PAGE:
When everything looks good, the board is ready for production.
Send the design for production
Zip the seven gerber files and submit them to the PCB fab house. Remember to tell them that the drill file format is 2.4 leading.
BatchPCB is a pooled panel service that sells space by the square inch. Other manufacturers and batch services require you to order at least a full eurocard. We use BatchPCB for prototyping because we never need the extra board space of a full eurocard, and we don’t mind the average 20day wait.
At BatchPCB, $2.50/square inch buys a PCB with silkscreen on both sides, unlimited vias, and a huge range of drill sizes; stuff that usually costs extra. BatchPCB’s minimum traces, spacing, and drill are similar to other prototyping services. There’s a $10 per order setup fee, but an order can include multiple designs. Shipping, even internationally, isn’t outrageous.
If you need a lot of the same board, look at Gold Phoenix. They manufacture boards for BatchPCB. A 100 square inch panel is $100, a 155 square inch panel is $110.
Create an account at BatchPCB. Click upload to add a new design. Name the design and upload the zip archive containing the 7 gerber files.
Verify that the gerber layers were successfully detected.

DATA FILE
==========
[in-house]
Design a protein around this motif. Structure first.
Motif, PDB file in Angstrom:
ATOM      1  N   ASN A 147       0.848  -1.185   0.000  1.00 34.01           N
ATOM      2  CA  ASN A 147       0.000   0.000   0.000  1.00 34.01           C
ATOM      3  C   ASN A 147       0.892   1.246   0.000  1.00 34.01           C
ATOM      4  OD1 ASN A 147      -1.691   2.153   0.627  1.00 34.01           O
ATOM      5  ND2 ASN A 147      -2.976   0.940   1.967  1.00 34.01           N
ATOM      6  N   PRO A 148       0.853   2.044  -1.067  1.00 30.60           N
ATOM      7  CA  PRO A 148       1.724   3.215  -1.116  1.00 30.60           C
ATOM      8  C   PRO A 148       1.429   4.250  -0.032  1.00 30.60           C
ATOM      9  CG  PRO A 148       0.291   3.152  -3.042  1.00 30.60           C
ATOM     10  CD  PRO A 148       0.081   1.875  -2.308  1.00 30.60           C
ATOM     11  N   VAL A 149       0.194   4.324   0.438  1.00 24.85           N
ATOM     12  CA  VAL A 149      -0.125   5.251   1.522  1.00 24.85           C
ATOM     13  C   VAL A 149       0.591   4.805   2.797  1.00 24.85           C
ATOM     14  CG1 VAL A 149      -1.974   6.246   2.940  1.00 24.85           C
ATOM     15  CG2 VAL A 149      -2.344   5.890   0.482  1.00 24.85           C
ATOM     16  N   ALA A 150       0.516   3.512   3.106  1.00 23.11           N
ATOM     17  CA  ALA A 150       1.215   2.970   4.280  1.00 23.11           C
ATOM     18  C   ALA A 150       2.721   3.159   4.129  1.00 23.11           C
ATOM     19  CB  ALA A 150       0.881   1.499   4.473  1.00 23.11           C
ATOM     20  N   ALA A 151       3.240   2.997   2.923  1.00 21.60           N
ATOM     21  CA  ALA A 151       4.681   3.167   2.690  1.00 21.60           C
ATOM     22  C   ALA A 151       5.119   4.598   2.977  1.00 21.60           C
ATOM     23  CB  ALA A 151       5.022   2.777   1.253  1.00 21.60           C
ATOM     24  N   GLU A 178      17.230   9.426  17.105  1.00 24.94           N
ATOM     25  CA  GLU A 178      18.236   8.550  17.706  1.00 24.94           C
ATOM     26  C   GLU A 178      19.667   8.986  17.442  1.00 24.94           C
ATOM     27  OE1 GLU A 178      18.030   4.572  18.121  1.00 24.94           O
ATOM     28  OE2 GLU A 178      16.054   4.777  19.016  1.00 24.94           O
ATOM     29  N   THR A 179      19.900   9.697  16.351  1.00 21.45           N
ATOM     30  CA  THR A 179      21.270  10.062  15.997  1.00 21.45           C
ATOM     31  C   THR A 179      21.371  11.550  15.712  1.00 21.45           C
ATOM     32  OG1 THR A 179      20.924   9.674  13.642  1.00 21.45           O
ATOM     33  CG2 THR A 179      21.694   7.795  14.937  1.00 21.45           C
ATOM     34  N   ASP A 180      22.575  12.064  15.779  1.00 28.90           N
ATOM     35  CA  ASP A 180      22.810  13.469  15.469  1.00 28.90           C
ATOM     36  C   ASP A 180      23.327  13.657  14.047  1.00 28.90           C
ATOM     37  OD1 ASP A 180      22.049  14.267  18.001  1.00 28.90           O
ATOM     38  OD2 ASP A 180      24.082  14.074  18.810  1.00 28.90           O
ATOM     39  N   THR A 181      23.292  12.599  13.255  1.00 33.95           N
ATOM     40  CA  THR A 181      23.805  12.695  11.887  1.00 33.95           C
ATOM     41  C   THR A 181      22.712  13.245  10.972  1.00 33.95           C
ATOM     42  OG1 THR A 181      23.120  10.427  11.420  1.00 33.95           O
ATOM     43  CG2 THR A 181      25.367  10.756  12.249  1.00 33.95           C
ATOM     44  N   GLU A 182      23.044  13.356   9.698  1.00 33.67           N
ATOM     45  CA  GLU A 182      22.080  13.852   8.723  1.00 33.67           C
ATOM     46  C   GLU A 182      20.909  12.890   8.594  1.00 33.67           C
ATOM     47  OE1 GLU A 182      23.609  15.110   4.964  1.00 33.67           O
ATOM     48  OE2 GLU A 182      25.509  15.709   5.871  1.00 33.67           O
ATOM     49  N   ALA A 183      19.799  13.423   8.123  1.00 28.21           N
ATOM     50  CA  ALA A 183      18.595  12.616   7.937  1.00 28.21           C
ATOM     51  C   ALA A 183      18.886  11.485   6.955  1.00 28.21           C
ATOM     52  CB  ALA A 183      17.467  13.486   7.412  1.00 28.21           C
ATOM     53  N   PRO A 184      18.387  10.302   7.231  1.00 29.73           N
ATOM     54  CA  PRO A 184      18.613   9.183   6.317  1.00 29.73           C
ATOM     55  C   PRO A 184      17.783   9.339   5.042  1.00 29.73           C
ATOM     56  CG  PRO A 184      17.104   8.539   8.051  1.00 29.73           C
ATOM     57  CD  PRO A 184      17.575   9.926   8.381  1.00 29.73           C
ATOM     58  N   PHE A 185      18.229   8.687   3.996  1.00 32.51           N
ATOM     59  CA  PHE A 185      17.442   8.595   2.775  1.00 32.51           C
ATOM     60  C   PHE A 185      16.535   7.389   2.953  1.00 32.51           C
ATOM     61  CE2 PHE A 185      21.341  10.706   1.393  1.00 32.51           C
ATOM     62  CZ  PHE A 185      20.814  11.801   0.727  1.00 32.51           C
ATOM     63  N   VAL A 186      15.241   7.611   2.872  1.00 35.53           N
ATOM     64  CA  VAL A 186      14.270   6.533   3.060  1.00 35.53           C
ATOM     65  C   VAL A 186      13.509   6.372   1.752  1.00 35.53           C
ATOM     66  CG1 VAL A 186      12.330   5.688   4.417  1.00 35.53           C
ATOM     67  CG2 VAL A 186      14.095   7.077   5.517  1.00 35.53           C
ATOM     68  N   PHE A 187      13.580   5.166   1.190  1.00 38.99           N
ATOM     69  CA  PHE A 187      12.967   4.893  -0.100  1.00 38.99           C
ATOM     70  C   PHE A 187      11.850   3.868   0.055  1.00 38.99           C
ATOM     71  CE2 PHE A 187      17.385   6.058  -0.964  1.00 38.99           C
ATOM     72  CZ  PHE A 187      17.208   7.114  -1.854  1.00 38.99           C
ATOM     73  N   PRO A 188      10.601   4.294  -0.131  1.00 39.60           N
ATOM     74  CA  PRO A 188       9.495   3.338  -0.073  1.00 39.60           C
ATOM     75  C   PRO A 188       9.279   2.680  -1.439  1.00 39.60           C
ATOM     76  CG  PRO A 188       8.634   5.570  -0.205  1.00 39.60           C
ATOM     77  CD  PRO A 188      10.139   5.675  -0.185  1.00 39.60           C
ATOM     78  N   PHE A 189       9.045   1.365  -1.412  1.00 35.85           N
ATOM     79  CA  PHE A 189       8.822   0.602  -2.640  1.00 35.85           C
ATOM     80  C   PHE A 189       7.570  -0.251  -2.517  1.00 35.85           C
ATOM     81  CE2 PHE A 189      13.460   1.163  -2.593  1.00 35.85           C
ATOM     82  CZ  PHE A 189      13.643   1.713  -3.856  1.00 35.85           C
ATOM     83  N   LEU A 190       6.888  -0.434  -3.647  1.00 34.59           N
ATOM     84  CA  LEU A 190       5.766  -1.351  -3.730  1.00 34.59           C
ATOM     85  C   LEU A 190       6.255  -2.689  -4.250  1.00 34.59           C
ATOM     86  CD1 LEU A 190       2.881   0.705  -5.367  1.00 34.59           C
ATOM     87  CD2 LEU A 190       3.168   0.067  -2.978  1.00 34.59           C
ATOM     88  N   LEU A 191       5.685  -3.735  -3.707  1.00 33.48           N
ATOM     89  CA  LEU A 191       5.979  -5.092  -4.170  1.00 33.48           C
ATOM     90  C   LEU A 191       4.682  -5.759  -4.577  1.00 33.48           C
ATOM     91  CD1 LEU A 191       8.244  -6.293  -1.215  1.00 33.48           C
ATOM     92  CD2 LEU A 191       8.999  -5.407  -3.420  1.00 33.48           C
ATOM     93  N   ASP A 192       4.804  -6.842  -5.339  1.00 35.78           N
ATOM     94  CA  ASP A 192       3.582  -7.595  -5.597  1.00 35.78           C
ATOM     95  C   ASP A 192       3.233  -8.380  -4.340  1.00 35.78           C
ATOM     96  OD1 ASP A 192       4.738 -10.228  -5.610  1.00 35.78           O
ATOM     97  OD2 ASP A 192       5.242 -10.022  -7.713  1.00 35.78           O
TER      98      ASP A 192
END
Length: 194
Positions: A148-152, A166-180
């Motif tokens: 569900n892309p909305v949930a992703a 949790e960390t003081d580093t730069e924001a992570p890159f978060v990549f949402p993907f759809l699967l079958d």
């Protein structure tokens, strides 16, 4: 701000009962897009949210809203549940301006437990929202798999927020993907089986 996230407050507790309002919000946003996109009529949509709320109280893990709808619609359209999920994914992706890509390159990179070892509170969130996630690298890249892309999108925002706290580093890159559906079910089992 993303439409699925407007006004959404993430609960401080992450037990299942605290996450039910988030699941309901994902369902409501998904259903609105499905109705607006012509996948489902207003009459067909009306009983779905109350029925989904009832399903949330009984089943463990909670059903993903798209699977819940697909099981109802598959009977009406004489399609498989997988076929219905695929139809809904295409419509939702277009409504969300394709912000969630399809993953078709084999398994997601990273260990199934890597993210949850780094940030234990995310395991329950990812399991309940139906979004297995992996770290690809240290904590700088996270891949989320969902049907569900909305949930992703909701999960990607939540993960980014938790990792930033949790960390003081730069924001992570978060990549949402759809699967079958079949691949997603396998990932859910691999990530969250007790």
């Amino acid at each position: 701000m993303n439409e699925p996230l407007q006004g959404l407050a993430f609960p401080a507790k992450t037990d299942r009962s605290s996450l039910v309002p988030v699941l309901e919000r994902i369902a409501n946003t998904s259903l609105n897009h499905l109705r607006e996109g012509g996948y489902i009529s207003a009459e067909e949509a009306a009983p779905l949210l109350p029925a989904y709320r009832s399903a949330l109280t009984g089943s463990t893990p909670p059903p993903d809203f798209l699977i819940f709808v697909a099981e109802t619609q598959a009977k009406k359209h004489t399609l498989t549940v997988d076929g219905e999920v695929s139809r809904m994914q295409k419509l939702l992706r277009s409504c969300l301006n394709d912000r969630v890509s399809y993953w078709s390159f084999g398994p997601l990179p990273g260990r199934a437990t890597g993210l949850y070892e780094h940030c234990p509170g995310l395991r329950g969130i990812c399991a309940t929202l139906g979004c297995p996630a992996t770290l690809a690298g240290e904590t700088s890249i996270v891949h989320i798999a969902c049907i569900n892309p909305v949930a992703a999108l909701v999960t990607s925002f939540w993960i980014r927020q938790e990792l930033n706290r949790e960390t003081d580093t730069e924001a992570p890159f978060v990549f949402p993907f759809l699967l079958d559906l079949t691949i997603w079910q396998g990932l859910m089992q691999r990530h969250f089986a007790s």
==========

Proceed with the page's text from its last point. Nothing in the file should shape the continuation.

Verify that the correct size was detected.
The BatchPCB rule check ‘robot’ will verify that your design meets production standards, and send an e-mail in a few minutes. Since we ran our own rule check prior to sending the design, we can expect that everything will be fine. Click continue and you’ll have the option to order the board. For more help, see the BatchPCB help and support forum.
Receive your boards
Boards arrive from BatchPCB in about 20 days. Check the boards for obvious errors before soldering. Some manufacturers test PCBs, BatchPCB doesn’t. We’ve ordered PCBs from two of the popular hobbyist board houses, Olimex and BatchPCB, and all the boards have been satisfactory.
Taking it further
It’s easy to order professional PCBs using gerber files. Why not build that awesome DIY project you’ve been putting off?
What has been your experience with PCB fab houses?
UPDATE: the files have been moved! find them here.